For a career that is often portrayed as a lonely endeavor—one in which the author sits at their desk late into the night, a cup of coffee (or something stronger) beside them as they feverishly tap away at a keyboard or scratch pen against paper—writing rarely seems to be a solo act.
Author coaches, editors, cover designers, and beta readers work alongside authors to turn a rough-around-the-edges manuscript into a true book. Virtual assistants and accountants keep businesses running behind the scenes when writing takes priority. ARC teams and distributors help share the finished story with others. Other authors offer encouragement and advice for navigating the publishing industry, and readers sit at the helm of it all.
These connections have been building blocks for many self-published authors’ careers, so it’s no surprise many feel that community will remain important to the future of independent publishing for the same reasons. “Community matters because we are all that we have,” says author Ines Johnson. “Traditional publishing, they have their empire in New York, where they have their floors and their buildings and their people. But we have each other.”
Community doesn’t just inspire individual writers, however; it also incites growth in the industry. In the past several years, self-published authors have banded together to influence changes in distributor policies, leveraged social media to foster online connections with readers through BookTok and Bookstagram, and grown in number and influence within the larger publishing world. Still, it’s their relationships with readers, writes author Anthea Sharp, that ultimately remind many authors why they pursued this career.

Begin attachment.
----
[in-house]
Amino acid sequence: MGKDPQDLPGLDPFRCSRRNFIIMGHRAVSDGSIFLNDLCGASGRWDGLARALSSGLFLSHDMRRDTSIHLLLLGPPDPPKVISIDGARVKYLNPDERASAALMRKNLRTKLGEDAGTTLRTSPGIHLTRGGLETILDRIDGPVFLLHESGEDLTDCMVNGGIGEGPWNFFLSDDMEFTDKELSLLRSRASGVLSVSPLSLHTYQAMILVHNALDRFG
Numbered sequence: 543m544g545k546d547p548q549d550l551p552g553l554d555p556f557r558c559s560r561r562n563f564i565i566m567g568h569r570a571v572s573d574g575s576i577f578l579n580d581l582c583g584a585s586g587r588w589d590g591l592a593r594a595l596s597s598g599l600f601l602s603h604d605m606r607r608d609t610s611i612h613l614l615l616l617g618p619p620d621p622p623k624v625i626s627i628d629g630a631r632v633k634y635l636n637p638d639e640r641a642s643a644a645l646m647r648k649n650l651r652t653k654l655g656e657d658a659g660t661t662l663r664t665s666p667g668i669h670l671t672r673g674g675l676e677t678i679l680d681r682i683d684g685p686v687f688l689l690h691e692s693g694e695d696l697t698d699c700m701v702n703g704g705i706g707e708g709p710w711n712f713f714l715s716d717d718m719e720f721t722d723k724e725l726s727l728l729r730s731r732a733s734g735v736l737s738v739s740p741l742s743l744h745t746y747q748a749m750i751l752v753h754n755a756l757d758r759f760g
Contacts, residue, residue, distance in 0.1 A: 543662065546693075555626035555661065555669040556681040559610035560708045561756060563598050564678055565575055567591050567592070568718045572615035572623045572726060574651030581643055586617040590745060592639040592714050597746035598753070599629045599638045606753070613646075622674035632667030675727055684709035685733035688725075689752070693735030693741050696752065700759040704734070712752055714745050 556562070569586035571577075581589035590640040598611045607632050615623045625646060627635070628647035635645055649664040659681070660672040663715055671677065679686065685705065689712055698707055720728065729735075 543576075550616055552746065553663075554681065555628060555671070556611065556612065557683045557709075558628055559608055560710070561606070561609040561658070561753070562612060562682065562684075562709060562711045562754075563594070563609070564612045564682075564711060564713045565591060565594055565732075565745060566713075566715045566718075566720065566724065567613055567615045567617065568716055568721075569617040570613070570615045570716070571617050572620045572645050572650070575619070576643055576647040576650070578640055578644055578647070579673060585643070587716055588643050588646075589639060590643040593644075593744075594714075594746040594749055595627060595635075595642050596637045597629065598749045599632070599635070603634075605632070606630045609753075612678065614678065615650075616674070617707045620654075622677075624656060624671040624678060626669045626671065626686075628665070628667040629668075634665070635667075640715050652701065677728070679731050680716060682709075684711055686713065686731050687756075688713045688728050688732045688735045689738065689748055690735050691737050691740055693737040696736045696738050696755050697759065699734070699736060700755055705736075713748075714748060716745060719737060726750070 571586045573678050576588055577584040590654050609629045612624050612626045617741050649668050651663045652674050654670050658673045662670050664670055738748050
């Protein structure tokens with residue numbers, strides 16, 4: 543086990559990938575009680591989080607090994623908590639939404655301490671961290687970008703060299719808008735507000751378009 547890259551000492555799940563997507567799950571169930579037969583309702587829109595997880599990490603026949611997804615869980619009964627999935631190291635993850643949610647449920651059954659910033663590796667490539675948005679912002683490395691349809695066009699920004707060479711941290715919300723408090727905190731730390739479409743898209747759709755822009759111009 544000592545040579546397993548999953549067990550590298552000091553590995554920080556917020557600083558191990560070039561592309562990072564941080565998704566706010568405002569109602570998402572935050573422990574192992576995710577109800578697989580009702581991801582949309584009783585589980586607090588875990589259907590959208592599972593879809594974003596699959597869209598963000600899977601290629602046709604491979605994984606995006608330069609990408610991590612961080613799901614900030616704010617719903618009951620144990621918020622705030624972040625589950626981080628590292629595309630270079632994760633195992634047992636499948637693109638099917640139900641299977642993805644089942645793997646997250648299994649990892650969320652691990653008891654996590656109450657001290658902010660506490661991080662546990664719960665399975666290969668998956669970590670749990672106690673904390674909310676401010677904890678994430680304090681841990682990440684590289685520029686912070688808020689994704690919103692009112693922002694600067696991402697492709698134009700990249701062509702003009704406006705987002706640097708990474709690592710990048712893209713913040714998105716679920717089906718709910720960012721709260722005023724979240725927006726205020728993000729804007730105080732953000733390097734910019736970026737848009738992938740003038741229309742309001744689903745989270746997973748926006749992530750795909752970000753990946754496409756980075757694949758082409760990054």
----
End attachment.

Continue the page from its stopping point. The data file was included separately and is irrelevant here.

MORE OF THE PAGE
“Pretty much every author I know writes to tell a story. Without someone on the other end, to tell the story to, this path gets cold and lonesome and can lead to burnout,” Sharp writes.
Author Jonathan Yanez agrees. “The art drives us to do it, but the commerce drives us to do it better too, right? So we’re always striving to make it a little bit better. But I think ultimately you wanna make it better for the people that are reading or consuming it or watching it,” he says. “I think that’s the difference—those that are successful, they have the right ‘why.’ They do it for the right reasons, and they’re passionate and they love it.”